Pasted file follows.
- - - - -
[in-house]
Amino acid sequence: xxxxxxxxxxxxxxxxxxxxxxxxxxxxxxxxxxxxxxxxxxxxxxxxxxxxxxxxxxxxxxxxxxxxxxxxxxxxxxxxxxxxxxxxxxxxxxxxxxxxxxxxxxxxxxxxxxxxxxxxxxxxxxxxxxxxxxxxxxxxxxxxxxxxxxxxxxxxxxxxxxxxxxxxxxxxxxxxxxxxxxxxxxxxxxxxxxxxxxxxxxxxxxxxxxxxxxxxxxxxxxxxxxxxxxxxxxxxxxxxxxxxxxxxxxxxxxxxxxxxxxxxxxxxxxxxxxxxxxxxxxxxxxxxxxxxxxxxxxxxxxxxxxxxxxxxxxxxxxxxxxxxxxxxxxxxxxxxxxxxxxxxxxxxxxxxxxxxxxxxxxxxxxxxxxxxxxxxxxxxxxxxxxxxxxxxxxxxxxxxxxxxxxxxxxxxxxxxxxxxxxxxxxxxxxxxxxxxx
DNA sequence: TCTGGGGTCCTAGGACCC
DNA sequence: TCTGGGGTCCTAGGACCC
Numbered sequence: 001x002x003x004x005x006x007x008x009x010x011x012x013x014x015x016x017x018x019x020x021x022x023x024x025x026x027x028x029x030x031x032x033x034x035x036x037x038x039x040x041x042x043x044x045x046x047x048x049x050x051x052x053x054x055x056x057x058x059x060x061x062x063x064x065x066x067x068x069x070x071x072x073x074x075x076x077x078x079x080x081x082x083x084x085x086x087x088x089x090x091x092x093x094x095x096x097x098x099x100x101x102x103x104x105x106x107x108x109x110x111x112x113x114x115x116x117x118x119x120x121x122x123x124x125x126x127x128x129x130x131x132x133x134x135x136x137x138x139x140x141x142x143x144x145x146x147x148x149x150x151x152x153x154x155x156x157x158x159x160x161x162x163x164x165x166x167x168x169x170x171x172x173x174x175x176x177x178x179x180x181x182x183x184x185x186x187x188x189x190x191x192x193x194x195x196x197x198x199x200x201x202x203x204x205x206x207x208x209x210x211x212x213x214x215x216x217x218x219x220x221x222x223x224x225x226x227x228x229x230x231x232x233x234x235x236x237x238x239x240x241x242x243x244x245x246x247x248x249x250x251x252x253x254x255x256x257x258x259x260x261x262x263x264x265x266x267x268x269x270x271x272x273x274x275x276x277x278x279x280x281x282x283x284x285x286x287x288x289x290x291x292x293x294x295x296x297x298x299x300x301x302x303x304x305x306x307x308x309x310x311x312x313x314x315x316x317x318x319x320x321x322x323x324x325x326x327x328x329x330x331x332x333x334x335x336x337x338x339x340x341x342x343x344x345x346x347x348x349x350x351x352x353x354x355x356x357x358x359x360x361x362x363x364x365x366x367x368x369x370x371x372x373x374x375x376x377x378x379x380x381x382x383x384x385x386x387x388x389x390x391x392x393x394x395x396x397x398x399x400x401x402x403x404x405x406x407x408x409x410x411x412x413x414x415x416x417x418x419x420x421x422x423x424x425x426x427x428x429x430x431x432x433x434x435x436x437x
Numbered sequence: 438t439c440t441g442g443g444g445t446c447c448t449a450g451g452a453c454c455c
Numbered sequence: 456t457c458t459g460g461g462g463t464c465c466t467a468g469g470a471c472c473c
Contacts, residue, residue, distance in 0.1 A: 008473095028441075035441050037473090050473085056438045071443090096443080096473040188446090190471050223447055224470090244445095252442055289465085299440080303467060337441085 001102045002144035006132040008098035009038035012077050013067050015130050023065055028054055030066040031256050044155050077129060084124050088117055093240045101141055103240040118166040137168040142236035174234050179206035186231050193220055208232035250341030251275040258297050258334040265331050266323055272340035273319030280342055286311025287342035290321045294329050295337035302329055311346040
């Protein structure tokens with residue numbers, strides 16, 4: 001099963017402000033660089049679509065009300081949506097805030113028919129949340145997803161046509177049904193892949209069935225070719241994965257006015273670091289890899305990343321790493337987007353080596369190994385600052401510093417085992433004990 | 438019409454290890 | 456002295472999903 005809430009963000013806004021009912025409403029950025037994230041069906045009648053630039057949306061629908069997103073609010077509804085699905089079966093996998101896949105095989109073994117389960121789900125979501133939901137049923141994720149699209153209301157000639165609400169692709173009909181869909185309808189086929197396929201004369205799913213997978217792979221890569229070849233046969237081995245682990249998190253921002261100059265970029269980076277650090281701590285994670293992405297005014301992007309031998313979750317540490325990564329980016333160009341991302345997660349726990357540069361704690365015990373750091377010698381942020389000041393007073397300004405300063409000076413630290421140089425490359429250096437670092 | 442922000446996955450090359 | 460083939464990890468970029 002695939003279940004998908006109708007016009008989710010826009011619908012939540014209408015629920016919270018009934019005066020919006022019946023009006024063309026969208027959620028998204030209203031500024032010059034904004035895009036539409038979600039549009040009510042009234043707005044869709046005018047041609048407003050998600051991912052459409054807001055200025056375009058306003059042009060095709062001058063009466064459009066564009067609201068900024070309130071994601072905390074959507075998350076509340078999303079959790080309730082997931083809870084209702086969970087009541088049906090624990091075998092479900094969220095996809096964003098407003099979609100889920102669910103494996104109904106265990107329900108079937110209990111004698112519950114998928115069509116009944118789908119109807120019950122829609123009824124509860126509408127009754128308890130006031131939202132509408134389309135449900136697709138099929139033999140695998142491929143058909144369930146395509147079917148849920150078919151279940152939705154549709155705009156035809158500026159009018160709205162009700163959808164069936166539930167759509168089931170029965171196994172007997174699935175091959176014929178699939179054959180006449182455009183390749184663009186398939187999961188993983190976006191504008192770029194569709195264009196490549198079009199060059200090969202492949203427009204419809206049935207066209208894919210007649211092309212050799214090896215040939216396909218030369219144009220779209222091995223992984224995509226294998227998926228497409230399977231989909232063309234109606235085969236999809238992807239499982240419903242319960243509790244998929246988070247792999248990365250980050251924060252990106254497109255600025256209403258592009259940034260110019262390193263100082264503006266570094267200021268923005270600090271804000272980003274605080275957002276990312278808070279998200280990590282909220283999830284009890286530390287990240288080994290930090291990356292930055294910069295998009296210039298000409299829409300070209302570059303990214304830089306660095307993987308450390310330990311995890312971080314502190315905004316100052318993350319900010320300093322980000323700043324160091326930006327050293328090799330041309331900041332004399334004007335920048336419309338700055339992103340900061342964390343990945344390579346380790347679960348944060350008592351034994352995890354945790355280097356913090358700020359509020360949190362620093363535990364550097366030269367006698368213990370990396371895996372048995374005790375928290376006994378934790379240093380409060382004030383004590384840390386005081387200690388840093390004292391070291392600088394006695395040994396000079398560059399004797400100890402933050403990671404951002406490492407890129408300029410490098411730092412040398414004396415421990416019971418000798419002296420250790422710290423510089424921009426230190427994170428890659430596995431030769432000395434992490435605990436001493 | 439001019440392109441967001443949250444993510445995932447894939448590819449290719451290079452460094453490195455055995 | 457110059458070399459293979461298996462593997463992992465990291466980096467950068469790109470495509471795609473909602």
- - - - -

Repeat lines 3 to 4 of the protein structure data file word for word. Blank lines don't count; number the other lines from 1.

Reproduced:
DNA sequence: TCTGGGGTCCTAGGACCC
DNA sequence: TCTGGGGTCCTAGGACCC